Our study population includes 105 patients: 59 (56.19%) males and 46 (43.81%) females. The mean age of patients was 63.3 years (SD ± 14 years, range 46–78 years). 9 patients were excluded because of missing data on biomarkers. Thus, the final study population includes 96 participants. Table
reports descriptive statistics for classical cerebrovascular risk factors stratified by gender. In particular, women are a bit older than man and their levels of erythrocyte sedimentation rate (ESR), high density lipoprotein (HDL), glucose, hypertension prevalence and anterior stroke site distribution are increased as compared to men. In contrast, serum triglycerides (TG), partial thromboplastin time (PTT) and low density lipoprotein (LDL) values of women are lower compared to men. There are no significant differences between the sexes for other variables. The relationship between plasma biomarkers levels and AIS cerebral lesion site and lesion dimension revealed as regression coefficients with relative p-values are shown in Table
AIS variables characteristics in the study population
Independent correlates of principal biomarkers in AIS
As anticipated by significant magnitudes and directions between biomarkers and lesion sites revealed by regression coefficients, given the random variance introduced by different levels of biomarkers among AIS patients, further relationship between biomarker’s quartiles: first quartile (Q1) used as reference to second quartile (Q2), third quartile (Q3), forth quartile (Q4) and lesion location and size were assessed.
ESR serum levels were independently correlated with sex (b = + 0.65, S.E. = 0.24, p = 0.008) and D3 (b = + 0.53, S.E. = 0.27, p = 0.0045) lesion (Table
). In quartile analysis D3 lesion remained associated with Q4 (OR, 5.250; 95% CI, 1.002 - 27.514 ) of ESR (Table
Multivariate testing: OR (95% CI) to the first quartile of biomarkers investigated vs stroke lesion site (anterior vs posterior) & stroke lesion dimensions
Biomarkers OR stratified by AIS lesion site and dimension (D1 - D4). Patients in Q1 were used as a reference in each group. All values were adjusted for age and sex. *Significantly different from Q1.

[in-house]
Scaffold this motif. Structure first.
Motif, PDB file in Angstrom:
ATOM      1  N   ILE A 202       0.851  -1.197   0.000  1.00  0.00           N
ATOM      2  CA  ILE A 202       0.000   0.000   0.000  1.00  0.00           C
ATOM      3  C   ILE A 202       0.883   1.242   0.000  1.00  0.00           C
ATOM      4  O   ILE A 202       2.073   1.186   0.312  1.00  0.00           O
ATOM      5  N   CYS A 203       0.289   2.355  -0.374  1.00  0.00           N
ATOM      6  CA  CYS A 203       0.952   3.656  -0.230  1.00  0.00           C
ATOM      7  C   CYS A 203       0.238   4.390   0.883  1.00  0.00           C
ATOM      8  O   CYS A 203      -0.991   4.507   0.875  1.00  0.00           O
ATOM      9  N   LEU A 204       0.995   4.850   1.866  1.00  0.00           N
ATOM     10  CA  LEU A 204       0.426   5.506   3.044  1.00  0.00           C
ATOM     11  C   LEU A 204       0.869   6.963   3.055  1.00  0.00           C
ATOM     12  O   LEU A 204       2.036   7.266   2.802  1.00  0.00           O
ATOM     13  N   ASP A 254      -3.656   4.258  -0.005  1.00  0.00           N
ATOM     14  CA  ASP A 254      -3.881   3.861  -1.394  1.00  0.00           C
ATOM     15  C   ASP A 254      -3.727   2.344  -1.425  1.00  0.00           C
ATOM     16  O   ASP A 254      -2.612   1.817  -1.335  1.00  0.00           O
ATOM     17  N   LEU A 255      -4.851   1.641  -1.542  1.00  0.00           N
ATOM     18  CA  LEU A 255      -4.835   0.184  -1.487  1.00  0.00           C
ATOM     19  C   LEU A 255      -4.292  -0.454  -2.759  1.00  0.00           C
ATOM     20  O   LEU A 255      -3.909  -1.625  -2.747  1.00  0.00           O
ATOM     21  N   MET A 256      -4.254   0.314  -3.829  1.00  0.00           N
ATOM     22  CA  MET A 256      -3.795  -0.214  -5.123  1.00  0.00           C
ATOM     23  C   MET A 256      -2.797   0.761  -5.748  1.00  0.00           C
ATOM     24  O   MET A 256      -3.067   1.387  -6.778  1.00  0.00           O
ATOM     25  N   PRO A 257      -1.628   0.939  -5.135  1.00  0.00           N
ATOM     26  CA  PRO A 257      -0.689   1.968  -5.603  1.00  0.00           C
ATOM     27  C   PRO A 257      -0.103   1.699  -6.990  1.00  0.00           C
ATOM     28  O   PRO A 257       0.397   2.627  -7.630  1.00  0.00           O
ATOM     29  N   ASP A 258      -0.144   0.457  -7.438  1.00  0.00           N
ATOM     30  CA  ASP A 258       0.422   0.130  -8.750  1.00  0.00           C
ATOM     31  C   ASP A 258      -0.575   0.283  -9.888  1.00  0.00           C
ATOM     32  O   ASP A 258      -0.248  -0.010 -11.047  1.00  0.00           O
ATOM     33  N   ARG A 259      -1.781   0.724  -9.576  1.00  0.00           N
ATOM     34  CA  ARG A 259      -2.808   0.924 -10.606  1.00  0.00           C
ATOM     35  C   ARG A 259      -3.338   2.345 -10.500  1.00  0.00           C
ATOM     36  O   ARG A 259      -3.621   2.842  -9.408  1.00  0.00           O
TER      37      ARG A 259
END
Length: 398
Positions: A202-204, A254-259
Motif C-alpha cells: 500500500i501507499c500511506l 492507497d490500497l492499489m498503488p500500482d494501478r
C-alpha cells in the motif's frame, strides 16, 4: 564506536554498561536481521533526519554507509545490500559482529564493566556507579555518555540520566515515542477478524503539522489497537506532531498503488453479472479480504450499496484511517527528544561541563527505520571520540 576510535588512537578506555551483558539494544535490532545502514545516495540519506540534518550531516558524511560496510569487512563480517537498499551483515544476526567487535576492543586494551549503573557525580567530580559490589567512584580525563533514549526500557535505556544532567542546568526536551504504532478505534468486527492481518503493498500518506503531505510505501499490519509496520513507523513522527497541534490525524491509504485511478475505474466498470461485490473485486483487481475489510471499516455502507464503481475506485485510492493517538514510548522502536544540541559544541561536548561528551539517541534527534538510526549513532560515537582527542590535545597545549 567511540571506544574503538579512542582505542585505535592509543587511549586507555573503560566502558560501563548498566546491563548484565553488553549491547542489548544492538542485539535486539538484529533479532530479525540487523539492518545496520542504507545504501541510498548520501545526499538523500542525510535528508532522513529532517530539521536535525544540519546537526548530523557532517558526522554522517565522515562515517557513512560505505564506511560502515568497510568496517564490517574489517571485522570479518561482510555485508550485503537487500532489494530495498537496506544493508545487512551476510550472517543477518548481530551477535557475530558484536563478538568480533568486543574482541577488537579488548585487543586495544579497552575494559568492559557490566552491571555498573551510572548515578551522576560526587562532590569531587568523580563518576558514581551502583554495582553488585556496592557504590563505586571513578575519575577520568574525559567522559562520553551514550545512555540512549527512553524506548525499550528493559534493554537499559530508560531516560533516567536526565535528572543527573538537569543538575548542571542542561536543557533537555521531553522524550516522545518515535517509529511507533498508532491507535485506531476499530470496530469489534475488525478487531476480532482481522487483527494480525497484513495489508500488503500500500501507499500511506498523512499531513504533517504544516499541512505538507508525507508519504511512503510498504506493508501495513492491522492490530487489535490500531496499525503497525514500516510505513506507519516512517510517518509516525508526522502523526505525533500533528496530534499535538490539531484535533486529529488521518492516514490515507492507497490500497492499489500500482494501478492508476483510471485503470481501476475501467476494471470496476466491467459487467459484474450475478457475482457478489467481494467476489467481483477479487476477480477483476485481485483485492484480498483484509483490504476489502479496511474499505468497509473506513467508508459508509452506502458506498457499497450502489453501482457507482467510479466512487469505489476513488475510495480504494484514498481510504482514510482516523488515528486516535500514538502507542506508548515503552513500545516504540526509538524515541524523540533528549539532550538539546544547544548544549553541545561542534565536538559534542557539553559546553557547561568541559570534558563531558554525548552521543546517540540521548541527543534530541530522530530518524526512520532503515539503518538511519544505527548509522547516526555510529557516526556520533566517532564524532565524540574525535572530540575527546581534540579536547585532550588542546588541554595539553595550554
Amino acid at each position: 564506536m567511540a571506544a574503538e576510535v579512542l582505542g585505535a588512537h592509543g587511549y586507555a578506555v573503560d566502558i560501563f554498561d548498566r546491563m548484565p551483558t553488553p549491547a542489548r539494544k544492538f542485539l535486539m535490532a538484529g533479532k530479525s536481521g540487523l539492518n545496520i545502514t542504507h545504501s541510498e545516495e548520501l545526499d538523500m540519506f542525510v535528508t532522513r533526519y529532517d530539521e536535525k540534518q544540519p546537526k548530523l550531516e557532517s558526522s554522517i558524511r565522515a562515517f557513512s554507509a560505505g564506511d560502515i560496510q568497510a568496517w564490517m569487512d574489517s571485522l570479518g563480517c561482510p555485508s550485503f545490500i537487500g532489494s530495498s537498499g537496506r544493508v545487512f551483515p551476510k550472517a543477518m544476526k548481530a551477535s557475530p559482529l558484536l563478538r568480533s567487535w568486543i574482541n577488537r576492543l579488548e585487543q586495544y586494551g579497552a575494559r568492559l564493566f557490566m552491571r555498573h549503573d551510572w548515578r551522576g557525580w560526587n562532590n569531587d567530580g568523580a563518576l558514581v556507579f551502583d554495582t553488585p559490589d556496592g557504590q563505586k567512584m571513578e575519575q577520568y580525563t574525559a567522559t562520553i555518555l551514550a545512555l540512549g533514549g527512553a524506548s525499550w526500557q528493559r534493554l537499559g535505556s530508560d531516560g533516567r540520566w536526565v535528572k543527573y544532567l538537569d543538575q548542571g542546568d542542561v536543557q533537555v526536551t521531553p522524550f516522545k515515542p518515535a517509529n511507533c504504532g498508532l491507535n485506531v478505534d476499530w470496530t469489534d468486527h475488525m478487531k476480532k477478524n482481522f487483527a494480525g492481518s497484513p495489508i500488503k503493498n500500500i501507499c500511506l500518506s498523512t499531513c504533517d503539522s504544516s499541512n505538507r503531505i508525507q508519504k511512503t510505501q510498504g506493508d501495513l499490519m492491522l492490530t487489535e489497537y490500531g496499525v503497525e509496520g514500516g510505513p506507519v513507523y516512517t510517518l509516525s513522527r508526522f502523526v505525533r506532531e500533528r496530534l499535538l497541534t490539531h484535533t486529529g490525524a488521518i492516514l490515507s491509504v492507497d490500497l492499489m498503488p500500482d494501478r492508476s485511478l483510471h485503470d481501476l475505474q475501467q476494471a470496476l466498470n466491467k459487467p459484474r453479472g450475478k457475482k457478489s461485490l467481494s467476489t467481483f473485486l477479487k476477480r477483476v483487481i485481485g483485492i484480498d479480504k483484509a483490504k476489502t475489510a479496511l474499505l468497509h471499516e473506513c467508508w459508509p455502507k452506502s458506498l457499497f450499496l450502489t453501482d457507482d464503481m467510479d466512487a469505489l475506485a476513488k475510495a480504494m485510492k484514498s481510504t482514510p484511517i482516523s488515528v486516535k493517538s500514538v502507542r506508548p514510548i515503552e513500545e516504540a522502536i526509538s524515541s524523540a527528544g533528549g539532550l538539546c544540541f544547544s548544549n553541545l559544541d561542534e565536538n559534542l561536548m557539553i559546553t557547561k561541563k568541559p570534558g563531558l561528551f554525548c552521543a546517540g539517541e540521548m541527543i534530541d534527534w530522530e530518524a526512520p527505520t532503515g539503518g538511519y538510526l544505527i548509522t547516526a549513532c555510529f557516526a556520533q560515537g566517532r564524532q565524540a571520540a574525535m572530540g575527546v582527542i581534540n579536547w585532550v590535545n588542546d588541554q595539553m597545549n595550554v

Fibrinogen serum levels were independently correlated with D3 (b = + 0.58, S.E. = 0.27, p = 0.040) lesion (Table
). Lesion D3 remained associated with Q3 (OR, 5.500; 95% CI, 1.027 - 29.451 p=0.040) of fibrinogen in quartile analysis (Table
). Platelets serum levels were independently correlated with sex (b = + 0.81, S.E. = 0.23, p = 0.001) and D1 (b = + 0.02, S.E. = 0.01, p = 0.003), D2 (b = + 0.68, S.E. = 0.31, p = 0.035) lesions (Table
). In quartile analysis only D3 lesion remained associated with Q3 (OR, 0.059; 95% CI, 0.003 - 1.175 ) of platelets (Table
Albumin levels were independently correlated with site (b = − 0.48, S.E. = 0.23, p = 0.0436) and D1 (b = − 0.03, S.E. = 0.008, p = 0.002), D2 (b = − 0.59, S.E. = 0.25, p = 0.020), D3 (b = −0.55, S.E. = 0.27, p = 0.042), D4 (b = − 0.98, S.E. = 0.47, p = 0.041) size (Table
); lesion D1 size remained associated with Q3 (OR, 5.250; 95% CI, 1.351 - 20.396 ) of serum albumin level, whereas lesion D2 remained associated with Q2 (OR, 0.227; 95% CI, 0.053 - 0.981), Q3 (OR, 0.164; 95% CI, 0.038 - 0.711 ) and Q4 (OR, 0.205 ; 95% CI, 0.048 - 0.870) (Table
TG levels were independently correlated with site (b = + 0.63, S.E. = 0.24, p = 0.008) and D2
(b = + 0.68, S.E. = 0.25, p = 0.009) size (Table
). Lesion D1 was associated with Q3 (OR, 9.000; 95% CI, 2.487 - 32.567) of TG and lesion D2 size remained associated with Q3 (OR, 0.132; 95% CI, 0.037 - 0.471 ) (Table
HDL serum levels were independently correlated with sex (b = + 0.66, S.E. = 0.23, p = 0.005) and glucose levels were independently correlated with D1 (b = + 0.02, S.E. = 0.008, p= 0.018) lesion (Table
In quartile analysis, both HDL and glucose as well as PTT, international normalized ratio (INR), LDL and total cholesterol (TC) (data not shown) were not significantly associated with lesion size dimension.
Finally, high INR (NIHSS ≥ 14, p = 0.01) and high PTT (NIHSS ≥ 7, p = 0.001) were associated with worse clinical outcomes, respectively. In contrast, higher albumin serum level was associated with better clinical outcome (NIHSS < 7, p = 0.006) at 7 days.